Green Living Science hosts camps and school assemblies, in hopes of raising the city’s 21 percent recycling rate
Detroit — A box of old CD-ROMS could be tossed. But because some environmentally conscious person dropped them off at Detroit’s Recycle Here center, a dozen Detroit youth transformed the would-be landfill waste into colorful suncatchers.
Splattering a disc with paint, Yaasameen Watkins, 12, was delighted to “help the environment” and proudly shared that her mother recycles cans.
Fellow campers painting outside suggested other materials she could recycle.
“Paper!” shouted 9-year-old Aureianna Montgomery.
“Aluminum,” added 8-year-old Brooklyn Jones.
Green Living Science’s free Earth Camp was accomplishing its goal to teach Detroiters, ages 8-13, about the three Rs: reduce, reuse, recycle. Besides suncatchers, the kids spent a recent morning making paper from recycled scraps, pin wheels from file folder dividers and magnets from old computer keys.
Folding newspapers into a monster-shaped bookmark, Candace Montgomery, 13, underscored why it’s important to recycle.
“With all the environmental problems we have now, instead of contributing to them, we can at least just help lessen it a little bit,” she said.
The nonprofit Green Living Science and coalition Zero Waste Detroit have worked with the city, encouraging Detroiters to recycle since a pilot program launched in 2015. At the time, less than 10 percent of residents were recycling. As of June, 21 percent, or 44,381 residential households, have a recycling cart, either by purchasing it for $25 or receiving one for free at a Green Living Science or Zero Waste Detroit workshop.
An effective way to boost the recycle rate is to target kids, said Rachel Klegon, executive director of Green Living Science, which hosts school assemblies about the three Rs. If students fill out a recycling questionnaire with their parents, then bring it back to school, families can get a free recycling cart.
“I often hear parents say, they’ve never thought about recycling, but their kid learned about it at school, and now they’re here (at Recycle Here) — kind of saying it complaining to me, but with a smile,” Klegon said.
For the first time in 2014, city contracts required waste hauling services to offer curbside recycling for household residents (apartment dwellers were excluded). The opt-in service was a gamechanger for Green Living Science, which sometimes hesitated to do outreach at schools.
“We didn’t want to teach kids that you should recycle, but you can’t do it because your family is unable to drive to Recycle Here,” said Klegon, referencing the drop-off center established at 1331 Holden in 2005.
Now, the challenge is convincing Detroiters a recycling cart is worth $25.
“We’re in a city where a lot of people have not recycled before, so they don’t know why they should pay that $25,” Klegon said.
Residents who can’t afford it can go to the city’s website to play an educational recycling game, where players drag materials such as cardboard, magazines or Better Made Potato Chip bags into a trash or recycling bin. After, players can sign up for a free cart.
Margaret Weber, convener of Zero Waste Detroit, said the city has been “very slow” to inform residents how to access carts and properly recycle.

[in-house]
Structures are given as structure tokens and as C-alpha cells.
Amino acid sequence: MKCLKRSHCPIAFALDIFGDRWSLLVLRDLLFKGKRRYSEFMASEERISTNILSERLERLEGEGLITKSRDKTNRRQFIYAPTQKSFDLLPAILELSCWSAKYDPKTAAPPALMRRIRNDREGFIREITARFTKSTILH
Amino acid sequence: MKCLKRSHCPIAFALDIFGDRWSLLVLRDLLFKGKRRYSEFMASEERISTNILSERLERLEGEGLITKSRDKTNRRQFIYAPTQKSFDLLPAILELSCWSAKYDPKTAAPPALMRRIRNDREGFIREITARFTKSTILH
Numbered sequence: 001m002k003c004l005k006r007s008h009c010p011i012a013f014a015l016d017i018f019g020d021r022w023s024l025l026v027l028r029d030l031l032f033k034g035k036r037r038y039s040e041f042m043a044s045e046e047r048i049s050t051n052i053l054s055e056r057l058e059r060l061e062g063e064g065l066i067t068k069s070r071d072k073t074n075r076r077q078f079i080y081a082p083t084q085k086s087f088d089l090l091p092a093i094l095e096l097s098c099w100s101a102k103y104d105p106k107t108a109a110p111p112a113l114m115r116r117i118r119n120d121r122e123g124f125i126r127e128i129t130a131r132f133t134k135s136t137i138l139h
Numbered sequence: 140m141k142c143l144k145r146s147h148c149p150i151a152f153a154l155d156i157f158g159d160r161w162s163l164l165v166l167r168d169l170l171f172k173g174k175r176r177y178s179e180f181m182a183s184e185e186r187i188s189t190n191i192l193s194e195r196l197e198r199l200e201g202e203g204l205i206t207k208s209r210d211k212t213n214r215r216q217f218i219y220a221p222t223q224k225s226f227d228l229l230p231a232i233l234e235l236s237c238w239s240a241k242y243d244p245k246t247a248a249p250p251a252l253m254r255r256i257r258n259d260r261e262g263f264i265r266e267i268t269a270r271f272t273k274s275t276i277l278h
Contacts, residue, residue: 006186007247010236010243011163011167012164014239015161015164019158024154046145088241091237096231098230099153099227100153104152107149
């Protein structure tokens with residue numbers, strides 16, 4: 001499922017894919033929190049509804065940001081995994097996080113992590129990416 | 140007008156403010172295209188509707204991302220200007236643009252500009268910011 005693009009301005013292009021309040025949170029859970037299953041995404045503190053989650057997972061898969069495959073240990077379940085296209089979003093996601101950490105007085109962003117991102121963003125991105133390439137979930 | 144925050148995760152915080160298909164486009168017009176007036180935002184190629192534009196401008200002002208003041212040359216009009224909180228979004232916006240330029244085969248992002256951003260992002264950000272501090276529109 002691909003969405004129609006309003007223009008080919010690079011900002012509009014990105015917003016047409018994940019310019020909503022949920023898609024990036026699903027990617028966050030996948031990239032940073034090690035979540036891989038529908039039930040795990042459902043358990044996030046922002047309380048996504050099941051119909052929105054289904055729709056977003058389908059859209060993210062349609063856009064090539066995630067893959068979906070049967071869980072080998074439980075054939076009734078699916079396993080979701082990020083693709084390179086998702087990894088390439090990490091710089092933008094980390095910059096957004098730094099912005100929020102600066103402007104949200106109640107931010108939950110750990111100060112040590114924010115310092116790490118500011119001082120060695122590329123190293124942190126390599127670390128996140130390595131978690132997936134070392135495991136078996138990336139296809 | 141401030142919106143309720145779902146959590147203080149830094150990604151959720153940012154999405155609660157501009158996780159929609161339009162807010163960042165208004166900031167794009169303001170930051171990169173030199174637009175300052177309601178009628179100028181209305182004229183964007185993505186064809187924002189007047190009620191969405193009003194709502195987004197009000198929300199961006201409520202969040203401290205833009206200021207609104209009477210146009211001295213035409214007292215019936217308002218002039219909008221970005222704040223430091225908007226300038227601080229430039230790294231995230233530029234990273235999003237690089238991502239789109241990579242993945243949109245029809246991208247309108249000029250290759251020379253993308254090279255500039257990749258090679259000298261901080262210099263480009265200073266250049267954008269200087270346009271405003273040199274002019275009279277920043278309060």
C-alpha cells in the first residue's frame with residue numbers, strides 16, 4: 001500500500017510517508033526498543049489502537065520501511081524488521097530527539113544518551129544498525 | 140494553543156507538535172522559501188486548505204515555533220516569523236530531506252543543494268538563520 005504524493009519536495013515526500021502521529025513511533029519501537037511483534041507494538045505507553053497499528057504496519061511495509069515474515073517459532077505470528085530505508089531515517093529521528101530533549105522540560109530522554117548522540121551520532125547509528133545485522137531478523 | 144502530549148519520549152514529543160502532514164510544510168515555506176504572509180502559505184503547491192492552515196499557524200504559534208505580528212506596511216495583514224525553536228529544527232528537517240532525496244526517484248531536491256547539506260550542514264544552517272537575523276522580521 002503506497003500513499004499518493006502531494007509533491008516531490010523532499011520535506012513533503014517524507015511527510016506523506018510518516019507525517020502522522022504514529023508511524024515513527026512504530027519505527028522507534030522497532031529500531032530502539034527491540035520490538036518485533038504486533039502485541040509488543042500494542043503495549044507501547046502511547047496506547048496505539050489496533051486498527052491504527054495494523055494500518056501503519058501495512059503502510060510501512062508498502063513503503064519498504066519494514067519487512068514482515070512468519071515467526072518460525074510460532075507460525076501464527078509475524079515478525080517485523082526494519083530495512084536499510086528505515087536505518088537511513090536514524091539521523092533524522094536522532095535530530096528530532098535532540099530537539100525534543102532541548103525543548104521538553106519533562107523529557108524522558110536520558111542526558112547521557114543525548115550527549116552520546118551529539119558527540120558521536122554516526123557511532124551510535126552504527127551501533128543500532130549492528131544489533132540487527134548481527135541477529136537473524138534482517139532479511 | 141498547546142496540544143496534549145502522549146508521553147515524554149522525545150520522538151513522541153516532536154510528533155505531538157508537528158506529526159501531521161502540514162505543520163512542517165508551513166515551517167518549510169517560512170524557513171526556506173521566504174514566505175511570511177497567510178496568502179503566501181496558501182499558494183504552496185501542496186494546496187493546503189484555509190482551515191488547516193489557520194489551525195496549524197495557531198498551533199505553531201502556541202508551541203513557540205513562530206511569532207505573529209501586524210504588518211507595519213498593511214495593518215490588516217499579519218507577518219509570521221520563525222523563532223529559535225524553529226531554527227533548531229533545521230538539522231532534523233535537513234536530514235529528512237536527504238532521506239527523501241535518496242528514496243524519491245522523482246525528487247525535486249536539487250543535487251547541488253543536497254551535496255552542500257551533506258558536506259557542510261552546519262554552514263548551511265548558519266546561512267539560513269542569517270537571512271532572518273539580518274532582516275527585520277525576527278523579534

“We’ve been told for a couple years there would be a media campaign, and to be very honest, we’re still waiting for that media campaign,” said Weber, adding other cities with higher recycling rates have invested in messaging.
Ron Brundidge, director of the Department of Public Works, wrote in an email that “the city is still adapting to its recycling program.”
“In two years, we have implemented outreach efforts that have resulted in a 125 percent increase in the number of households actively participating in recycling, and we definitely view this as progress,” he wrote. “Although we have yet to reach the state’s goal of 40 percent recycling, our internal objective is for all households and residents to recognize the value and long-term benefits of recycling.”
The city did achieve its goal of a 20 percent recycle rate by this August. The next target is 30 percent by August 2018. Yet Weber pointed out that tonnage collected is still low. For example, about 339 tons, or 16 pounds per household, was collected in May.
“When you get up to 150 pounds per household, then you’re really getting there,” she said, explaining: “It’s important for me to recycle, yes, but if I only put in two bottles every week, and I forget to put in my paper and cardboard, we’re not helping to build up the quantity that actually is helpful to move the whole system.”
Which is why Green Living Science is teaching youth to pause before tossing a pop bottle.
“We found that once you educate young people, they become the ambassadors when they go home. So they go home teaching their family how to use (a cart),” said education director Mary Claire Lamm, adding that recycled art projects spread that message, too. “It’s a great way for students to see that you can take trash and make it into something new, but these things have value.”
As Anthony Dent, 9, folded a file into a pinwheel, he admitted his family doesn’t recycle. But that might change.
“I’m going to tell them to,” he said.
Materials that can be recycled curbside
■ Plastic that has Nos. 1-7 in a triangle
■ Cardboard (cereal boxes, toilet paper rolls)
■ Glass (wine bottles, sauce jars)
Materials that cannot be recycled curbside
■ Plastic bags
■ Paper plates, plastic utensils
■ Napkins, paper towel
■ Electronics, light bulbs